So many women have said to me, "Wendi, I watched you go through it. I felt for you. But I didn't get it until I did it myself." That is very true. Just like I cannot understand the loss of a child, the loss of a parent, the grief of a divorce -- so only those who have walked this road can truly understand the devastation of being barren.
Two of the women that I am praying and joining with in this journey are here in Turkey. There is no REI (Reproductive Endocrinology) department on Incirlik. In fact, if you remember, there isn't even an OB department (thus my departure to Germany in June). These friends are having to traverse the world of a Turkish REI Clinic -- a whole new ball game! I was honored to accompany one of my friends to her appt. prior to her first procedure and will be visiting the Clinic again with another friend who is beginning the search for answers.
Never, ever, did I think I'd find myself in an infertility clinic in Turkey of all places!
A few things jumped out at me during my first appointment:
- There is definitely a language barrier. There is one doctor who speaks very good English, but even that English is accompanied by a thick accent that can make deciphering difficult at times. But how blessed these ladies are for this one English-speaking doctor. Attaining a translator can take up to two weeks of paperwork. Not really possible when you are playing a spur-of-the-minute game like IUI and IVF. There is also a gal who speaks English who works at the front desk. However, despite how kind she is, I have to wonder what defines something as being able to speak English. Her definition is a stretch!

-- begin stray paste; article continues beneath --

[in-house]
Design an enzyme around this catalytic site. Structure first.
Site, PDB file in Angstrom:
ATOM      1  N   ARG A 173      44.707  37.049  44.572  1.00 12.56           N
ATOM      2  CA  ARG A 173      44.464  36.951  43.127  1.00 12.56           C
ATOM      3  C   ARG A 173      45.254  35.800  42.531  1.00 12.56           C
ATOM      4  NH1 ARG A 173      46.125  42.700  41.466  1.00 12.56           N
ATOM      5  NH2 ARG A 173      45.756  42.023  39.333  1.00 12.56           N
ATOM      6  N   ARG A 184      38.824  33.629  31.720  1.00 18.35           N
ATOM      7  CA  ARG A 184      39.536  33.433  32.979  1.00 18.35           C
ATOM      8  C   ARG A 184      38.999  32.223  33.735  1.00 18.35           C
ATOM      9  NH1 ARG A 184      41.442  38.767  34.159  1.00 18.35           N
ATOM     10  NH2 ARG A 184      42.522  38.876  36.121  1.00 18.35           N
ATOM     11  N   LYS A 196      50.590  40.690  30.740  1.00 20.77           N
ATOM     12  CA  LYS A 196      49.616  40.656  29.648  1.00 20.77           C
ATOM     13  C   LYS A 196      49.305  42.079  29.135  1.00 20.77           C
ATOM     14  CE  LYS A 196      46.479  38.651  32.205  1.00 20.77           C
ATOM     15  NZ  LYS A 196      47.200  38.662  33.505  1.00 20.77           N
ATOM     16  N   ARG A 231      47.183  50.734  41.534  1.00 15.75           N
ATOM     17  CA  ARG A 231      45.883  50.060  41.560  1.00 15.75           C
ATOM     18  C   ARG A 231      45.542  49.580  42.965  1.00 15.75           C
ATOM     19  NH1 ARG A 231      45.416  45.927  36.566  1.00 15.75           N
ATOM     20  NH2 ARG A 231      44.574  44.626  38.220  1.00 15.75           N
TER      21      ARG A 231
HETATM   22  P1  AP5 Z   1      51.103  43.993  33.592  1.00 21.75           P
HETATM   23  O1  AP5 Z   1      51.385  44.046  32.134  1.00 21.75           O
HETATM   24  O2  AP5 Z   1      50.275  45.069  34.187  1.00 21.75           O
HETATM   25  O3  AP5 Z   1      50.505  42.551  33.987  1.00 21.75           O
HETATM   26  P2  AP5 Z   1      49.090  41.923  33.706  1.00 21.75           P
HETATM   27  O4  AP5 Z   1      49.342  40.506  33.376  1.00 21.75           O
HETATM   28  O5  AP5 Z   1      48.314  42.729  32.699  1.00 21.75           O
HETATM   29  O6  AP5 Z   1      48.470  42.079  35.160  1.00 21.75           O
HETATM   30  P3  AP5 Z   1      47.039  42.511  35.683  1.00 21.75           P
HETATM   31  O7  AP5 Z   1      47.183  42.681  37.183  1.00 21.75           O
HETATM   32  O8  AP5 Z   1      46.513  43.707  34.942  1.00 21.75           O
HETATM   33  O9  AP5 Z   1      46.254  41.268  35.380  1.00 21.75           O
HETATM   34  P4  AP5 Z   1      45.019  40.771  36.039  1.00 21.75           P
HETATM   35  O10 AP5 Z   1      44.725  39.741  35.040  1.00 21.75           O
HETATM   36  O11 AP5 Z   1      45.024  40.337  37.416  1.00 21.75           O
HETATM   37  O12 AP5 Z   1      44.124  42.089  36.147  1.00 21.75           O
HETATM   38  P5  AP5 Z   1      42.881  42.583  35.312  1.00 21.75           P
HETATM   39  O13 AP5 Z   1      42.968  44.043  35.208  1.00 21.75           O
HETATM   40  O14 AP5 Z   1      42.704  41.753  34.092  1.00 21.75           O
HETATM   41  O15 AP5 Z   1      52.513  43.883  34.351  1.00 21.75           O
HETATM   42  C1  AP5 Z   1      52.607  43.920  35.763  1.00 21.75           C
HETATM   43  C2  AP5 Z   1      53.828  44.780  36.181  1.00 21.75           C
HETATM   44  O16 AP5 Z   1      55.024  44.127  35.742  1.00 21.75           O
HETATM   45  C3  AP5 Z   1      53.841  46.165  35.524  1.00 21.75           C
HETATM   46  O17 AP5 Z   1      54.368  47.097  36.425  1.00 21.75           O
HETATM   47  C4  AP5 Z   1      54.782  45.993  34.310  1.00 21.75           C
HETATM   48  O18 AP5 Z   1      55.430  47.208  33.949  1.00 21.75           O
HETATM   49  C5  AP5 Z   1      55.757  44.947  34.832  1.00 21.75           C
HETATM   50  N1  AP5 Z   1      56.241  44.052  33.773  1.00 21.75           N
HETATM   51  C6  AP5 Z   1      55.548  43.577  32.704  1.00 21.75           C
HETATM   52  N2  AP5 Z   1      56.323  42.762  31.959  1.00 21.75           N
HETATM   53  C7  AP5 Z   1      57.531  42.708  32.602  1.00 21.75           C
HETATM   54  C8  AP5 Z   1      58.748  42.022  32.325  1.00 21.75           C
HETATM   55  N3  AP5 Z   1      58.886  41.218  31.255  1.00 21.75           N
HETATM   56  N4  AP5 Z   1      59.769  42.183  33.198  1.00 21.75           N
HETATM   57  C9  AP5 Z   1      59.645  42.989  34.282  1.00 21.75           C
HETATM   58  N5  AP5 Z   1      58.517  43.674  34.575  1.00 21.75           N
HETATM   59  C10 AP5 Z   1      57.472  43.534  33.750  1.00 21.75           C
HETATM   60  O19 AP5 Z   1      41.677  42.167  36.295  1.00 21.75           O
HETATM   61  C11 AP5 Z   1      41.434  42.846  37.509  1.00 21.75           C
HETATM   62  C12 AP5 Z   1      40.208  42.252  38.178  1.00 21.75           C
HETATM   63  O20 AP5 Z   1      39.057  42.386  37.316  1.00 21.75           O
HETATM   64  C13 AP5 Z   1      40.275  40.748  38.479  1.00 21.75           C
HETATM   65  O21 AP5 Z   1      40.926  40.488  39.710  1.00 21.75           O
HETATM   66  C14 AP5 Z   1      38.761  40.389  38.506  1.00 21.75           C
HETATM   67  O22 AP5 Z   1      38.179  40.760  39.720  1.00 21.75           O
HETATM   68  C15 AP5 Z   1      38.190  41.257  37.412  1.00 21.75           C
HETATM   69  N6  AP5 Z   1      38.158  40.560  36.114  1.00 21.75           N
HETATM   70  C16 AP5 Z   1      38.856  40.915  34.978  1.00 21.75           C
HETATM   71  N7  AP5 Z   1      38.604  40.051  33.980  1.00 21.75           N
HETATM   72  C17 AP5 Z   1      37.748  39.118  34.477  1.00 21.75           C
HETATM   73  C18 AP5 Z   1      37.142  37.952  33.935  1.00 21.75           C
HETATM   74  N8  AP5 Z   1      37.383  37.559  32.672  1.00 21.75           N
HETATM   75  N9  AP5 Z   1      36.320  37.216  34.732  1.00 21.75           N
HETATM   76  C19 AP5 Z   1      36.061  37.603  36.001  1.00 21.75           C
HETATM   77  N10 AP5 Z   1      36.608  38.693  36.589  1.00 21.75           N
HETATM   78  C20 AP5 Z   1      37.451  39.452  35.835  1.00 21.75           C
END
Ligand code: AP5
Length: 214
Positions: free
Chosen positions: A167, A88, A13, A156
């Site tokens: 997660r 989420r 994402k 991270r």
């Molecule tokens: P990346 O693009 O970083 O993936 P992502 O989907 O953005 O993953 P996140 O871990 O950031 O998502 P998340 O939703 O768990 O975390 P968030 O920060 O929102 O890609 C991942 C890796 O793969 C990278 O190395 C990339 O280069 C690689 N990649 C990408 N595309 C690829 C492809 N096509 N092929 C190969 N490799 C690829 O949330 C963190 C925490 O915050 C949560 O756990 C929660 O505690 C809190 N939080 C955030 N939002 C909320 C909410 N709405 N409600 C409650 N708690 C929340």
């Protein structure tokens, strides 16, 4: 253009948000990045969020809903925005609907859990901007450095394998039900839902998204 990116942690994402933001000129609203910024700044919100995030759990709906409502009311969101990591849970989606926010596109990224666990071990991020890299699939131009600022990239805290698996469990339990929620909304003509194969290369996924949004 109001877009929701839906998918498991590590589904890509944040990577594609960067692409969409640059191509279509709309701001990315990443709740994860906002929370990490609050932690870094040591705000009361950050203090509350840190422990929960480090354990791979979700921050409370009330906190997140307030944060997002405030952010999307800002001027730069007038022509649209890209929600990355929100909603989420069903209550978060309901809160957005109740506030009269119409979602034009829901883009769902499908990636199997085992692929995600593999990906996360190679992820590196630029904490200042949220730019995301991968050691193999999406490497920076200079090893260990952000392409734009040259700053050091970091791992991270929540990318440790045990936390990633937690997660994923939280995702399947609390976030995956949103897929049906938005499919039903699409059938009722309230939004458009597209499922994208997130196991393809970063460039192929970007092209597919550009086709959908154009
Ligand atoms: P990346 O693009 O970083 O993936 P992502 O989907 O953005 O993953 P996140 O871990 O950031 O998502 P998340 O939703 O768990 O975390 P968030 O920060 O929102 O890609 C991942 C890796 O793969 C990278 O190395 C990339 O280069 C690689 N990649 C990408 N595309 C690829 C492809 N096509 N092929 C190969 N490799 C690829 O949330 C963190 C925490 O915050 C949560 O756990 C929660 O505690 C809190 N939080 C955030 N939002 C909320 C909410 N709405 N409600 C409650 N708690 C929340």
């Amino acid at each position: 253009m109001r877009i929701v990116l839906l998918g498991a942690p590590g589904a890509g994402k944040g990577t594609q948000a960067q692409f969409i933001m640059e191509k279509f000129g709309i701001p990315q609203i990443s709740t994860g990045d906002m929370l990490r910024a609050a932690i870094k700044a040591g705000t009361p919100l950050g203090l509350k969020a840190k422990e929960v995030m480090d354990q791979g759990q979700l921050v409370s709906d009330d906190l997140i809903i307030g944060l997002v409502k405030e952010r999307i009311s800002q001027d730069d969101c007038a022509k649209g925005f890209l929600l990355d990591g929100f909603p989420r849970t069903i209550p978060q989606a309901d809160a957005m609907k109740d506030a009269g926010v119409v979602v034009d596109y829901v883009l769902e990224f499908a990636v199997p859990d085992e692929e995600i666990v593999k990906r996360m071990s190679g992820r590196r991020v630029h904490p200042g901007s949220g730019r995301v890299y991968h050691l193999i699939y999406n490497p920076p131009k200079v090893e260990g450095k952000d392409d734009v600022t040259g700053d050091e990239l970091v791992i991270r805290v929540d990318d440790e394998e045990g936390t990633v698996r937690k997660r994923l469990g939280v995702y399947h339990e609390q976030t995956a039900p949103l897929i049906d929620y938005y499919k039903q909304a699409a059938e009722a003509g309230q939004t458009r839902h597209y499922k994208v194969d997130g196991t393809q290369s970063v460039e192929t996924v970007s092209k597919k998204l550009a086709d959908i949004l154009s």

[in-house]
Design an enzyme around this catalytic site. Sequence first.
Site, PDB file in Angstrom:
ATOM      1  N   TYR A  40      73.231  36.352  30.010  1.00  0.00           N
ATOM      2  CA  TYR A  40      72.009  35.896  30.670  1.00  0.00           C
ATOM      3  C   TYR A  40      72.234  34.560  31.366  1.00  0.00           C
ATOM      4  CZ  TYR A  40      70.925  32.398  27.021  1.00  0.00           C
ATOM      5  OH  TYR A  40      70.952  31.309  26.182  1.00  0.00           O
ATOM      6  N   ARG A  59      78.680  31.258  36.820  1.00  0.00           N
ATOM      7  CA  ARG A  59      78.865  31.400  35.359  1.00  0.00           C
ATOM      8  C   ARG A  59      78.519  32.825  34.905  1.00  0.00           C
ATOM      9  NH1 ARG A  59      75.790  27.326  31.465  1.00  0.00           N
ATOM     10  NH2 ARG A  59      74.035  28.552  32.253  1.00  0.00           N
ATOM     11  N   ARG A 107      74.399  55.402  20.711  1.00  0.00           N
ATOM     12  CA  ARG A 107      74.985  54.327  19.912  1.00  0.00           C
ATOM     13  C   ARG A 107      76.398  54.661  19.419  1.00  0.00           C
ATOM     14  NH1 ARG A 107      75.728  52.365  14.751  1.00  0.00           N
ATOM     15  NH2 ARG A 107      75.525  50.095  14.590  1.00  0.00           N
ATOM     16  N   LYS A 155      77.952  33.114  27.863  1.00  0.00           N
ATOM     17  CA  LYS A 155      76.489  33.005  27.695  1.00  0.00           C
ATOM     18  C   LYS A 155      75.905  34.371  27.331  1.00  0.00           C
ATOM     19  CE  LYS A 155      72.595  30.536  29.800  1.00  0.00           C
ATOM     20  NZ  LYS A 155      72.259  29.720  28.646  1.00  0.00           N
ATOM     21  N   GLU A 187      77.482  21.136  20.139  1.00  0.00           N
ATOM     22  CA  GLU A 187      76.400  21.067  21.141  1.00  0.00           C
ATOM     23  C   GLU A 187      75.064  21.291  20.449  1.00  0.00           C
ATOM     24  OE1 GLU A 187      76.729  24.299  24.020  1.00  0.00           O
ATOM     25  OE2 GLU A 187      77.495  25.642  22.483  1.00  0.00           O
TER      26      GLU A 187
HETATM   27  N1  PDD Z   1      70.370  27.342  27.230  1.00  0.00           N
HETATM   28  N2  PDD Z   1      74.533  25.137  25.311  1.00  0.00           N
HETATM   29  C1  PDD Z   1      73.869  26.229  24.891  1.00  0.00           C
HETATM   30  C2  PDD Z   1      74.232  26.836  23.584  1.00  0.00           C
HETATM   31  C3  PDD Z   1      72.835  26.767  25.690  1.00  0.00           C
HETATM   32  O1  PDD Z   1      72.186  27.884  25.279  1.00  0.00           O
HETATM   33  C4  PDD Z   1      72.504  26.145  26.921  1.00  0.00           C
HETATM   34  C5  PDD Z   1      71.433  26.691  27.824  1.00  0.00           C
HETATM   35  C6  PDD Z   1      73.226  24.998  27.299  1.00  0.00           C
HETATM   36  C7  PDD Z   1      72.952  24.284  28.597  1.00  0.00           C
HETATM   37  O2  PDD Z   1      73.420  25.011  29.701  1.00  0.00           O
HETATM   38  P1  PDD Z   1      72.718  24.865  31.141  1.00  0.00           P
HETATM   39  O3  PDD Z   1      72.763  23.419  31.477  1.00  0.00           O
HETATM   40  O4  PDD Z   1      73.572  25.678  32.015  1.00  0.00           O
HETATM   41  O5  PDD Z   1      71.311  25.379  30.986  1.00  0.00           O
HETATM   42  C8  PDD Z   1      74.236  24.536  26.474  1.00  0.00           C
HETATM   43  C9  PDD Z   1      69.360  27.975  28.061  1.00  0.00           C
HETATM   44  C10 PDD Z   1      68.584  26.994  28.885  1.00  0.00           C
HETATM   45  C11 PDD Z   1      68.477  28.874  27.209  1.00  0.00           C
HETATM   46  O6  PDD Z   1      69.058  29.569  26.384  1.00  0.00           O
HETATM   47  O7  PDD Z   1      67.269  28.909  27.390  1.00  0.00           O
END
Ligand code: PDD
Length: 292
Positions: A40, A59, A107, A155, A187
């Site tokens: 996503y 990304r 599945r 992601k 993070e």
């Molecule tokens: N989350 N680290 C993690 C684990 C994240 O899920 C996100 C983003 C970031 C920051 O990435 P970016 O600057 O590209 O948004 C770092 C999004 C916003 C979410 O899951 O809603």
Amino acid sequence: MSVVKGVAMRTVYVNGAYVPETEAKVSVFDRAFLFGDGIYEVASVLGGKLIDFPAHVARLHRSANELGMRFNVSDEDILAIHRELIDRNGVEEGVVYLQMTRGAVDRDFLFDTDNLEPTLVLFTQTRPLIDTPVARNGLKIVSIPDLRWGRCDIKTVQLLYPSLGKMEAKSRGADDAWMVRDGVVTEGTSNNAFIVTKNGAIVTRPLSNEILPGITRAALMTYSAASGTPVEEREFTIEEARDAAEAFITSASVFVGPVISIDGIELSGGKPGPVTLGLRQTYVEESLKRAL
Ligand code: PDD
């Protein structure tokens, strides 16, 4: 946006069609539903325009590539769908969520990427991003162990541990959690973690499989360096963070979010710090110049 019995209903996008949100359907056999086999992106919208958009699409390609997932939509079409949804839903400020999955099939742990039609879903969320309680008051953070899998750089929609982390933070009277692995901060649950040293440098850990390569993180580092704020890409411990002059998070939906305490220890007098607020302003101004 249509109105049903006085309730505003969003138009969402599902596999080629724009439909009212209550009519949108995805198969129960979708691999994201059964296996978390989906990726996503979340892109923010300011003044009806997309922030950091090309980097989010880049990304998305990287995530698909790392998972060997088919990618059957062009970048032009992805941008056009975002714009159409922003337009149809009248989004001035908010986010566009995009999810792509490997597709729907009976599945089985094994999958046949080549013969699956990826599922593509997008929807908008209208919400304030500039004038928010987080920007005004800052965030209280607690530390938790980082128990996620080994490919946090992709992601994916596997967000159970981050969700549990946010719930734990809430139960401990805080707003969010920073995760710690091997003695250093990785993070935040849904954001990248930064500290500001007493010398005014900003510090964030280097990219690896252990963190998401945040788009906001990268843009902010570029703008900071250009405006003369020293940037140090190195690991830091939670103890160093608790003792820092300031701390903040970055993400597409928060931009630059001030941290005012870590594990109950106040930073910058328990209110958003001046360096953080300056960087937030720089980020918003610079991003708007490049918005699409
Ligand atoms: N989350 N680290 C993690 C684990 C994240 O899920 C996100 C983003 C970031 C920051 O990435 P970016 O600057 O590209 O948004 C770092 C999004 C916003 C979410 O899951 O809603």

- The Clinic is sparse, as is most Turkish architecture, but very clean, and very comfortable. The one major difference was that on our tour of the facilities, we noted you were to remove your shoes prior to going into the operating room. This was how it was in Nigeria too. There continues to be more of an emphasis on feet than hands when it comes to germs.
- The cost is incredibly less than that in the USA. One round of IVF in the USA runs approximately 10,000USD. One round here in Turkey, closer to 3,000USD. Quite a big difference.
- Childlessness and the desire to fix this issue is a problem everywhere -- around the world. This is a country that looks lightly on abortion and uses it as a means of birth control. People often only have 1 or 2 children with many years inbetween. And yet the desire to have a child is overwhelming, suffocating, and real enough to fund this many floor building in down-town Adana where people who make only $10,000 a year are spending $3,000 of that in trying to have a baby. Adoption is also not done here. It is very rare. I often do not even tell people I am adopting here. They view me as some sort of angel who did a favor to someone. Oh how untrue that is!
- The lingo and protocol is nearly identical to my years doing IUI and IVF. I was amazed at how quickly all the words and phrases came spinning back into my head. Every word he was using. Every phrase. I knew these phrases. I knew these words. I lived these words. Being able to speak the lingo, to understand the lingo, is incredibly helpful when living this journey.